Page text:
It's hard to empathize with the family in the indie drama Every Day when each member is so sitcom-ready.
Lisa Schwarzbaum - Entertainment Weekly
Very well written and acted, Every Day feels like a glorified television drama softened with comic and surreal trimmings, with a mildly upbeat ending appended.
Stephen Holden - New York Times
What distinguishes Levine's film from, say, last year's similarly themed (and irredeemable) Happy Tears is his cast -- and not just reliable vets like Schreiber.
Melissa Anderson - Village Voice
Real life isn't choreographed for maximum impact, it's messy and unpredictable. At its best, so is "Every Day."
Elizabeth Weitzman - New York Daily News
Every Day is too relentlessly depressing to recommend to the everyday audience. It seems to be on automatic pilot. Horrible, sad things keep happening, but it just goes on.
Rex Reed - New York Observer
Ace thesps struggle to lift this dour indie out of the doldrums, but writer-director Richard Levine allows them no breathing room.
Ronnie Scheib - Variety
A 42-minute TV soap has more story than this limp and familiar tale of domestic woe.
Kyle Smith - New York Post
For all its contemporary social relevance and the fine performances from an excellent ensemble, the cliched characters and situations on display in Every Day ultimately detractt from its impact.
Frank Scheck - Hollywood Reporter
What makes this intriguing, yet woefully uneven film so relatable is that there is nothing about Ned's experience that seems extreme.
Betsy Sharkey - Los Angeles Times
The problem with Every Day is that it doesn't take a third major element into account in the film/audience relationship equation: complete apathy.
Landon Palmer - Film School Rejects
I just don't buy any recovery in this film.
Kevin Carr - 7M Pictures
Brent Simon - Shared Darkness
There's something oddly remote about Every Day, which plays like a double-wide version of a perfectly acceptable Showtime pilot. [Blu-ray]
Peter Canavese - Groucho Reviews
...wears out its welcome long before the end credits roll...
David Nusair - Reel Film Reviews
Seems like a first draft that piles up the characters and their issues without assembling them into a dramatic whole. Someone was in a rush to get the cameras rolling.
Jules Brenner - Cinema Signals
Writer-Director Richard Levine was one of the minds behind Nip/Tuck, so it's not surprising that his debut feature film is branded with the television medium's worst impulses.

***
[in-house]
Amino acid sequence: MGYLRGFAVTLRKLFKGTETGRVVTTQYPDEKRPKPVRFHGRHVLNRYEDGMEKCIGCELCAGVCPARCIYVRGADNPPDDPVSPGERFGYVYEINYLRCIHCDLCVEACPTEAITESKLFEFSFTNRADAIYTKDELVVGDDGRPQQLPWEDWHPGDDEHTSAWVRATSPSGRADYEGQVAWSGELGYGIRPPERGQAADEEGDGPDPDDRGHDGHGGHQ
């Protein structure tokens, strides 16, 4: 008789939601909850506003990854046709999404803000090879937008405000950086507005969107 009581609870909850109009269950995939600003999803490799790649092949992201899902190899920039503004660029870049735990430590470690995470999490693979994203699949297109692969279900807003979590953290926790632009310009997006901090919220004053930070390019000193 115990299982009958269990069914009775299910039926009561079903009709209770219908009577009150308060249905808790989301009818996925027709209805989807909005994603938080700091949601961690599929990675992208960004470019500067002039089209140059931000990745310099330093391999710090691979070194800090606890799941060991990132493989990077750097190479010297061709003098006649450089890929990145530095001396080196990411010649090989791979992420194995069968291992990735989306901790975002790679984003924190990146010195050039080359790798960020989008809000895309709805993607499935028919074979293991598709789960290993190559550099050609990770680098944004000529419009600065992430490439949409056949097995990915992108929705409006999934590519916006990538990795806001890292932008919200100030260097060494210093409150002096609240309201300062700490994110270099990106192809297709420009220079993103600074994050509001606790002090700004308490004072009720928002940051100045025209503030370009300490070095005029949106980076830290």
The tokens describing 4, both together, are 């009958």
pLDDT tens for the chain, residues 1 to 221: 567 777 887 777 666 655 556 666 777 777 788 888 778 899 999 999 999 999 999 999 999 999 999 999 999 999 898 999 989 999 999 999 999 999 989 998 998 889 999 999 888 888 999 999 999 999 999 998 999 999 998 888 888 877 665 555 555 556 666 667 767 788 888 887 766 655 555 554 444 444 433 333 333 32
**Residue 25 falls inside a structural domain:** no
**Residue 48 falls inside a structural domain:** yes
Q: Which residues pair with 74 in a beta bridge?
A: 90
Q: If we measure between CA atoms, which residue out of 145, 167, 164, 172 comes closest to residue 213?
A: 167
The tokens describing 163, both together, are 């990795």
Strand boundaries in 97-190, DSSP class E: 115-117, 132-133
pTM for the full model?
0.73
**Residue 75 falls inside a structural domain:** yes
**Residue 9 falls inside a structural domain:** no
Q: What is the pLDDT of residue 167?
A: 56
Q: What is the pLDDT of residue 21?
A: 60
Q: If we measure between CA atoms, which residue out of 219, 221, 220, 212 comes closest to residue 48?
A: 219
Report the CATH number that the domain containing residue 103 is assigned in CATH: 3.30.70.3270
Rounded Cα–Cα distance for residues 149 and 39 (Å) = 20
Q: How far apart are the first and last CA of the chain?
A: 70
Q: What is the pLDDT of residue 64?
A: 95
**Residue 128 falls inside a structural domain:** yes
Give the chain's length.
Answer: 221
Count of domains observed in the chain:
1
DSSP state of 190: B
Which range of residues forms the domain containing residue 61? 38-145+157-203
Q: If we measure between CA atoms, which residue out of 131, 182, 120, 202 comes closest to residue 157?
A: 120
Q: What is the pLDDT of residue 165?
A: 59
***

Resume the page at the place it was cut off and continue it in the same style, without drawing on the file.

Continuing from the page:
Glenn Heath Jr. - Slant Magazine
There are sharp moments throughout.
Peter Rainer - Christian Science Monitor
Complicated relationships fail to enliven grown-up drama.
S. Jhoanna Robledo - Common Sense Media
Low-suds soap opera about the trendy "sandwich generation" travails of a hip, well-off New York family.
Shirley Sealy - Film Journal International
A film of pleasantly half-sketched domestic noodling that comes across as inconsequential because it never really tries to bring substantive conflict to the fore.
Brent Simon - Screen International
Auds will be wise to the contrived metaphors and realize there's not much going on below the surface except stock discourse.
Matthew Nestel - Boxoffice Magazine
An unrelentingly depressing drama about a family drenched in disappointment, despair, anger, and loneliness.
Frederic and Mary Ann Brussat - Spirituality and Practice
It's a recognizable situation that should be easy to sympathize with. Yet the movie makes it hard for most of us to recognize ourselves in this couple or sympathize with their struggles.
Stephen Whitty - Newark Star-Ledger
Swims in mock profundity and has the feel of a movie made specifically for a forgiving festival audience.
Marshall Fine - Hollywood & Fine
Levine didn't need hysterics to find an appropriate ending, with the established atmosphere of chaos and regret interesting enough to carry matters all the way to the final frame.
Brian Orndorf - BrianOrndorf.com
Schreiber approaches the role with a seriousness that lacks joy or any other colorful inflection, as if every second of his character's life, even the pleasurable ones, is weighing on him like an albatross.
Scott Tobias - AV Club
Shreiber and Hunt impart an aching reality to their every line. And Miller is a revelation as the gay teen who's trying to develop a sexual identity before he is actually ready to have sex.
Brandon Judell - New York Theatre Wire
Hunt and Dennehy rise to it, investing their exchanges - which at their best are unexceptional and yet exquisitely painful - with lifetimes of regret and ambivalence.
Michelle Orange - Movieline
Every Day is like any day; there's really nothing special about it, but it does emulate the value of seeing a nice movie for sheer enjoyment.
Perri Nemiroff - CinemaBlend.com
An uneven look at modern family in crisis. Stay awake during the slow stretches, the good footage is worth it.
Ron Wilkinson - Monsters and Critics